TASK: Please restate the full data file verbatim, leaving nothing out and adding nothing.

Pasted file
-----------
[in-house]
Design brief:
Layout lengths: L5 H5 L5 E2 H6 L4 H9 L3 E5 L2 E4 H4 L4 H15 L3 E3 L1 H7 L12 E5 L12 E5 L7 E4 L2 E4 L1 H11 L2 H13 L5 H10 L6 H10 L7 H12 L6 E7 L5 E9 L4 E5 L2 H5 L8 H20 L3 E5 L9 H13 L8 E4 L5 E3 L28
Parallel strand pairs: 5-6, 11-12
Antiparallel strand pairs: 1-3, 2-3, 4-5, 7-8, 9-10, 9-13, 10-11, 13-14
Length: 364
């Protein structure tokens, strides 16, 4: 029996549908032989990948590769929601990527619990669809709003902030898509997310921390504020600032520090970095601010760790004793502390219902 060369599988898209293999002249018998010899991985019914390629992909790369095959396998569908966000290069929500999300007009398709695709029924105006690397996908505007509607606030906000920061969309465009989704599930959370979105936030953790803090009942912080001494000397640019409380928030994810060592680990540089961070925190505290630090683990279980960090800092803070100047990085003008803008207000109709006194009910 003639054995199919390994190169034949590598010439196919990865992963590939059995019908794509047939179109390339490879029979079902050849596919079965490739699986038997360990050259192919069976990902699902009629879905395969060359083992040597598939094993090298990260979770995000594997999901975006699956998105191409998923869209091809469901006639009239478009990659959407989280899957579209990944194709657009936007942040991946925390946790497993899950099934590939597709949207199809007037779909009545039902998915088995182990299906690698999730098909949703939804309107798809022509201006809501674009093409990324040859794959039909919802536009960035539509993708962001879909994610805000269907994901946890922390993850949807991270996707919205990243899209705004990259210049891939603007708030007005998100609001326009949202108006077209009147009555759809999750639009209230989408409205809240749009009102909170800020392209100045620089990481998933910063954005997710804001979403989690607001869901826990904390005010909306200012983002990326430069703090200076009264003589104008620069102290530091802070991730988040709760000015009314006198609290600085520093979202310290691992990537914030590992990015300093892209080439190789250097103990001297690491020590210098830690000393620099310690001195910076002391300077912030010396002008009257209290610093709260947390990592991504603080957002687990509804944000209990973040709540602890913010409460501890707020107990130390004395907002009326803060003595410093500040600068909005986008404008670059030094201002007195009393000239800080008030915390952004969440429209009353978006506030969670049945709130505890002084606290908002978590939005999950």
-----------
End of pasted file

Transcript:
[in-house]
Design brief:
Layout lengths: L5 H5 L5 E2 H6 L4 H9 L3 E5 L2 E4 H4 L4 H15 L3 E3 L1 H7 L12 E5 L12 E5 L7 E4 L2 E4 L1 H11 L2 H13 L5 H10 L6 H10 L7 H12 L6 E7 L5 E9 L4 E5 L2 H5 L8 H20 L3 E5 L9 H13 L8 E4 L5 E3 L28
Parallel strand pairs: 5-6, 11-12
Antiparallel strand pairs: 1-3, 2-3, 4-5, 7-8, 9-10, 9-13, 10-11, 13-14
Length: 364
């Protein structure tokens, strides 16, 4: 029996549908032989990948590769929601990527619990669809709003902030898509997310921390504020600032520090970095601010760790004793502390219902 060369599988898209293999002249018998010899991985019914390629992909790369095959396998569908966000290069929500999300007009398709695709029924105006690397996908505007509607606030906000920061969309465009989704599930959370979105936030953790803090009942912080001494000397640019409380928030994810060592680990540089961070925190505290630090683990279980960090800092803070100047990085003008803008207000109709006194009910 003639054995199919390994190169034949590598010439196919990865992963590939059995019908794509047939179109390339490879029979079902050849596919079965490739699986038997360990050259192919069976990902699902009629879905395969060359083992040597598939094993090298990260979770995000594997999901975006699956998105191409998923869209091809469901006639009239478009990659959407989280899957579209990944194709657009936007942040991946925390946790497993899950099934590939597709949207199809007037779909009545039902998915088995182990299906690698999730098909949703939804309107798809022509201006809501674009093409990324040859794959039909919802536009960035539509993708962001879909994610805000269907994901946890922390993850949807991270996707919205990243899209705004990259210049891939603007708030007005998100609001326009949202108006077209009147009555759809999750639009209230989408409205809240749009009102909170800020392209100045620089990481998933910063954005997710804001979403989690607001869901826990904390005010909306200012983002990326430069703090200076009264003589104008620069102290530091802070991730988040709760000015009314006198609290600085520093979202310290691992990537914030590992990015300093892209080439190789250097103990001297690491020590210098830690000393620099310690001195910076002391300077912030010396002008009257209290610093709260947390990592991504603080957002687990509804944000209990973040709540602890913010409460501890707020107990130390004395907002009326803060003595410093500040600068909005986008404008670059030094201002007195009393000239800080008030915390952004969440429209009353978006506030969670049945709130505890002084606290908002978590939005999950």